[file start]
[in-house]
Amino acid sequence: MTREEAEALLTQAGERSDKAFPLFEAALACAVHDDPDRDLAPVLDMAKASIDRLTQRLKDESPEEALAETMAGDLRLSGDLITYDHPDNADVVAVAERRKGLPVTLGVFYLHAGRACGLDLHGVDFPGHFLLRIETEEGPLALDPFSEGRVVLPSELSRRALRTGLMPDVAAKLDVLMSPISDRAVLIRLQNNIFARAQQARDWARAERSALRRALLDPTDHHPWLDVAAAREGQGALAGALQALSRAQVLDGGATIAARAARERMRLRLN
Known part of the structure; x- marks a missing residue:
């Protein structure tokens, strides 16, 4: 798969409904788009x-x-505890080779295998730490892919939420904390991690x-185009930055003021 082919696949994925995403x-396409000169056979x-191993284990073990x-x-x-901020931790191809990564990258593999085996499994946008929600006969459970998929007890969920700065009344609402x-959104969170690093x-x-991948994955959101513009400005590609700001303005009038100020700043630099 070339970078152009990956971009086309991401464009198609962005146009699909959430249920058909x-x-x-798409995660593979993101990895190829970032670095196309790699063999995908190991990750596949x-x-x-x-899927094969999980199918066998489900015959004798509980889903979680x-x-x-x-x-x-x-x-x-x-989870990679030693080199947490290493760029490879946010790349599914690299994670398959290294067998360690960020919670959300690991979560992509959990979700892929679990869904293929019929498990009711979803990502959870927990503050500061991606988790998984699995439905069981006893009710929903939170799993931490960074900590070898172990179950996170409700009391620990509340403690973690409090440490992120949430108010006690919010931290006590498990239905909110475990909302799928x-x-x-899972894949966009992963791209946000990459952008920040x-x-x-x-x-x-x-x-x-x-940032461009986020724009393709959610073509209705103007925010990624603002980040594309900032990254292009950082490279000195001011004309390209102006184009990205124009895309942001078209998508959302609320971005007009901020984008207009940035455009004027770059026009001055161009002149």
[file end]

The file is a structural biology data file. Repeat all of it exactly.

[in-house]
Amino acid sequence: MTREEAEALLTQAGERSDKAFPLFEAALACAVHDDPDRDLAPVLDMAKASIDRLTQRLKDESPEEALAETMAGDLRLSGDLITYDHPDNADVVAVAERRKGLPVTLGVFYLHAGRACGLDLHGVDFPGHFLLRIETEEGPLALDPFSEGRVVLPSELSRRALRTGLMPDVAAKLDVLMSPISDRAVLIRLQNNIFARAQQARDWARAERSALRRALLDPTDHHPWLDVAAAREGQGALAGALQALSRAQVLDGGATIAARAARERMRLRLN
Known part of the structure; x- marks a missing residue:
């Protein structure tokens, strides 16, 4: 798969409904788009x-x-505890080779295998730490892919939420904390991690x-185009930055003021 082919696949994925995403x-396409000169056979x-191993284990073990x-x-x-901020931790191809990564990258593999085996499994946008929600006969459970998929007890969920700065009344609402x-959104969170690093x-x-991948994955959101513009400005590609700001303005009038100020700043630099 070339970078152009990956971009086309991401464009198609962005146009699909959430249920058909x-x-x-798409995660593979993101990895190829970032670095196309790699063999995908190991990750596949x-x-x-x-899927094969999980199918066998489900015959004798509980889903979680x-x-x-x-x-x-x-x-x-x-989870990679030693080199947490290493760029490879946010790349599914690299994670398959290294067998360690960020919670959300690991979560992509959990979700892929679990869904293929019929498990009711979803990502959870927990503050500061991606988790998984699995439905069981006893009710929903939170799993931490960074900590070898172990179950996170409700009391620990509340403690973690409090440490992120949430108010006690919010931290006590498990239905909110475990909302799928x-x-x-899972894949966009992963791209946000990459952008920040x-x-x-x-x-x-x-x-x-x-940032461009986020724009393709959610073509209705103007925010990624603002980040594309900032990254292009950082490279000195001011004309390209102006184009990205124009895309942001078209998508959302609320971005007009901020984008207009940035455009004027770059026009001055161009002149």